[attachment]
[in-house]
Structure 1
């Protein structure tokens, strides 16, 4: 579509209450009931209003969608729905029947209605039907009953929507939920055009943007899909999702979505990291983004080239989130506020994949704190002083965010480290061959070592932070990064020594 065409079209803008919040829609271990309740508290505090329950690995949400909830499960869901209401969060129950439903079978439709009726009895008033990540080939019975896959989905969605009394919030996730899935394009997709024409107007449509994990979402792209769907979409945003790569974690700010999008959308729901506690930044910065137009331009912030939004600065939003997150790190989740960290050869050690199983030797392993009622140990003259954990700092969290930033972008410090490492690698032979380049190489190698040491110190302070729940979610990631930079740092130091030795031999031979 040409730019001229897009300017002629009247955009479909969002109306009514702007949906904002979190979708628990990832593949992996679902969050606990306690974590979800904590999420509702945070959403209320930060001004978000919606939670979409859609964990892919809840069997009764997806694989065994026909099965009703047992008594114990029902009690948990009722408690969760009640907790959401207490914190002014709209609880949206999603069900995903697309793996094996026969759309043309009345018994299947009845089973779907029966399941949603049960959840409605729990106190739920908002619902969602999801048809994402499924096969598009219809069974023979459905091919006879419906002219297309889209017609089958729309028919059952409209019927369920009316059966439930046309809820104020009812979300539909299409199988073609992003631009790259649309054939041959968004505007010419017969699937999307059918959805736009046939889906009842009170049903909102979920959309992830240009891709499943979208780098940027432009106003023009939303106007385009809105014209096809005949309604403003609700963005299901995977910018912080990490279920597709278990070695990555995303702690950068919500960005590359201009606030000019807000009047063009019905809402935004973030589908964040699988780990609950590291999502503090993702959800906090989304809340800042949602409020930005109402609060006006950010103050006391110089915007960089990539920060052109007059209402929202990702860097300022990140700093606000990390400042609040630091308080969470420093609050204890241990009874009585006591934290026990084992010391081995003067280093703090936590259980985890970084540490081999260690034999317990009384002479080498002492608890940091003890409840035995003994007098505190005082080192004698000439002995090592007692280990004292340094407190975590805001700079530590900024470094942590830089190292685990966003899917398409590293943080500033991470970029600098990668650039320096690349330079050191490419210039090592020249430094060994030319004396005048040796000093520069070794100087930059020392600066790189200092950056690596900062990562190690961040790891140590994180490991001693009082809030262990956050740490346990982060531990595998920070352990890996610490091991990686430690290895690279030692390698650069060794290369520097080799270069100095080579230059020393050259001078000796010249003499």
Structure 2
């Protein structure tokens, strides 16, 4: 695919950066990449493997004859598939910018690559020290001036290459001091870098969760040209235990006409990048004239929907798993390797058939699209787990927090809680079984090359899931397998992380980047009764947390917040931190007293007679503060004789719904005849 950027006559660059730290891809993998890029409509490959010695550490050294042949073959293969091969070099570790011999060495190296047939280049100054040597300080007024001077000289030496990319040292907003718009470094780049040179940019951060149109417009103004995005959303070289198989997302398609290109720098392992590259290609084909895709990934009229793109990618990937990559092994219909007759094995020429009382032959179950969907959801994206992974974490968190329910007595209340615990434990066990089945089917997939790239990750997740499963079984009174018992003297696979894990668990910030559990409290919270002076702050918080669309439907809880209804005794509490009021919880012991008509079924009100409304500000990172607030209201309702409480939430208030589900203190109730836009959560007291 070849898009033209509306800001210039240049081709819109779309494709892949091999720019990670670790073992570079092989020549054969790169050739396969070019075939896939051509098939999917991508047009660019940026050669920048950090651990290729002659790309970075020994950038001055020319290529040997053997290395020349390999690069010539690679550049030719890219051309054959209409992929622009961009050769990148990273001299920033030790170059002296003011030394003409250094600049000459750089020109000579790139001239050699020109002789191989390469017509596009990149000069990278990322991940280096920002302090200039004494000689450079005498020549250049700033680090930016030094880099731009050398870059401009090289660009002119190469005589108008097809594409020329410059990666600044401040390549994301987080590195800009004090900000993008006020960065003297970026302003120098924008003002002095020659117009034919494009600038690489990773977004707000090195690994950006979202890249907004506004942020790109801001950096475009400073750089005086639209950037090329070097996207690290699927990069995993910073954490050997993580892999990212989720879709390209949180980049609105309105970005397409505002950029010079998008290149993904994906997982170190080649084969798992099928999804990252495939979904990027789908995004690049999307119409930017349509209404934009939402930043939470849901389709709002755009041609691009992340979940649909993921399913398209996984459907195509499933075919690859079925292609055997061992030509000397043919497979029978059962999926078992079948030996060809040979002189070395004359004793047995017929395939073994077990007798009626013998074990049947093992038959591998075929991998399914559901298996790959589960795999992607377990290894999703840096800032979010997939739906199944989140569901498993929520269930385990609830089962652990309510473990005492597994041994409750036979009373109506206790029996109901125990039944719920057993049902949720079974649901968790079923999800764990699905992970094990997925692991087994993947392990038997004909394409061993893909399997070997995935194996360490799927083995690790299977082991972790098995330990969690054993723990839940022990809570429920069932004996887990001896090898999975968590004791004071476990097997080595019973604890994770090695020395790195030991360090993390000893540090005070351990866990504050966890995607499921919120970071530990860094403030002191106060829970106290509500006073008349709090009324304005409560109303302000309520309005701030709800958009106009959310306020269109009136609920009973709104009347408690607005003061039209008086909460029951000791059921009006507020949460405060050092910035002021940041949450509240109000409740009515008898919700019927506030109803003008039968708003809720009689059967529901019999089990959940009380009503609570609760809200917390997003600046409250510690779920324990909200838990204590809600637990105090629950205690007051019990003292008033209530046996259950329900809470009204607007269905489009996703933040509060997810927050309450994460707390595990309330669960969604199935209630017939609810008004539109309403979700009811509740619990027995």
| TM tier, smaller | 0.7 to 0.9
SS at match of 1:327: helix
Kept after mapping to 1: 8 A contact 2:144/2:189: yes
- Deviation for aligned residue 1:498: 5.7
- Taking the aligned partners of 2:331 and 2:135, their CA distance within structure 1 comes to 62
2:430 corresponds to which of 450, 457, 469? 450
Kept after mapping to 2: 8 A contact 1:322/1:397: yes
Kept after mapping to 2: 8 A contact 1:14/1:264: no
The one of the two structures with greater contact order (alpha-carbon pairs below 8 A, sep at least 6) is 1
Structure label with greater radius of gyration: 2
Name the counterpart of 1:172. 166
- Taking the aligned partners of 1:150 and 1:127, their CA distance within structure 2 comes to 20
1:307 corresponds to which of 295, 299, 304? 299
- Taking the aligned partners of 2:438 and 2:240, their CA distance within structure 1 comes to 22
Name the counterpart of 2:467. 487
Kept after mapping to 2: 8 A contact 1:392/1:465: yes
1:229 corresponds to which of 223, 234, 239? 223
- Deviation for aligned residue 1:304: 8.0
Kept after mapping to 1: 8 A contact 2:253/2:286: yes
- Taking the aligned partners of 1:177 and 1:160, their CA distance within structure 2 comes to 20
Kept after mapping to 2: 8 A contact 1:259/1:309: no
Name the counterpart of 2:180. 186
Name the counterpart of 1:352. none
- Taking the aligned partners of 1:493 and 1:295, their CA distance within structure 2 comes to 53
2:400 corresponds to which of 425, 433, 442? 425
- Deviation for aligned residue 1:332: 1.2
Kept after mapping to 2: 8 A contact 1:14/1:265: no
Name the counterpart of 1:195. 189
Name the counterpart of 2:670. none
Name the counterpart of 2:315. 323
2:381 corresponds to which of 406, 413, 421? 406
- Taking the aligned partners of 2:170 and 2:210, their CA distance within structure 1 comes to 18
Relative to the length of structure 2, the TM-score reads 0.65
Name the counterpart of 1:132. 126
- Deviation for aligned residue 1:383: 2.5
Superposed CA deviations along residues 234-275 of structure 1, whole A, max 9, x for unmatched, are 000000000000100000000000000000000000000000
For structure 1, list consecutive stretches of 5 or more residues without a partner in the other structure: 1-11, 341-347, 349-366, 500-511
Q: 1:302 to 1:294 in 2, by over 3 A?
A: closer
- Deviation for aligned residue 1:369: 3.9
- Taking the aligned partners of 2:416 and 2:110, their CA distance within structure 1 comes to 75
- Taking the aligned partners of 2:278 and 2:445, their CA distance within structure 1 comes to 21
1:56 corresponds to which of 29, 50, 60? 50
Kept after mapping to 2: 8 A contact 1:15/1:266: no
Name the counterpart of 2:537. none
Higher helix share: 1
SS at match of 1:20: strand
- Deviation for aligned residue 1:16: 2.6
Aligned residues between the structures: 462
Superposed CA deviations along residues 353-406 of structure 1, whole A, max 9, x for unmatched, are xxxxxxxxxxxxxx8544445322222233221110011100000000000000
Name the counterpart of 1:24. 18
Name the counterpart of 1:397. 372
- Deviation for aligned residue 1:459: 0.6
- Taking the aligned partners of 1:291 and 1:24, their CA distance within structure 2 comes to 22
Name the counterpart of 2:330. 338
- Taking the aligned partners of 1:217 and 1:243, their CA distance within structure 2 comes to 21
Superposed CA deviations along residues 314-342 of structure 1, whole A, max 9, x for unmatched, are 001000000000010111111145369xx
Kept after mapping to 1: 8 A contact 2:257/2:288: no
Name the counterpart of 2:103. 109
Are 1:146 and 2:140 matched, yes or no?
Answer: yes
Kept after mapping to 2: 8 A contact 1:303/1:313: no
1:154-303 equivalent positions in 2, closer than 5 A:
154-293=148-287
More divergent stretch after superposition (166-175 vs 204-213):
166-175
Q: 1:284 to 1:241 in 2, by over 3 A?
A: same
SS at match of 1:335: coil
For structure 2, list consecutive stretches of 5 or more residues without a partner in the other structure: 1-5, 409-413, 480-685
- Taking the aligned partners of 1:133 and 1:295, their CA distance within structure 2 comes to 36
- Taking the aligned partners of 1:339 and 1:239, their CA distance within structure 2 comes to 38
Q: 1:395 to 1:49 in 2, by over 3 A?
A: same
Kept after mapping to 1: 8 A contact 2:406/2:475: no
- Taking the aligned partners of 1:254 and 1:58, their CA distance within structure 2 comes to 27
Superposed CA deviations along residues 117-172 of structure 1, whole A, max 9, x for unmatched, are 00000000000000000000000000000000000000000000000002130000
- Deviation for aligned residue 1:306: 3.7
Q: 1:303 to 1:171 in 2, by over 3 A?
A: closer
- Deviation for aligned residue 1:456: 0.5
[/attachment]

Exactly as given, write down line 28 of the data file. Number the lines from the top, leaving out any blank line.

Name the counterpart of 1:352. none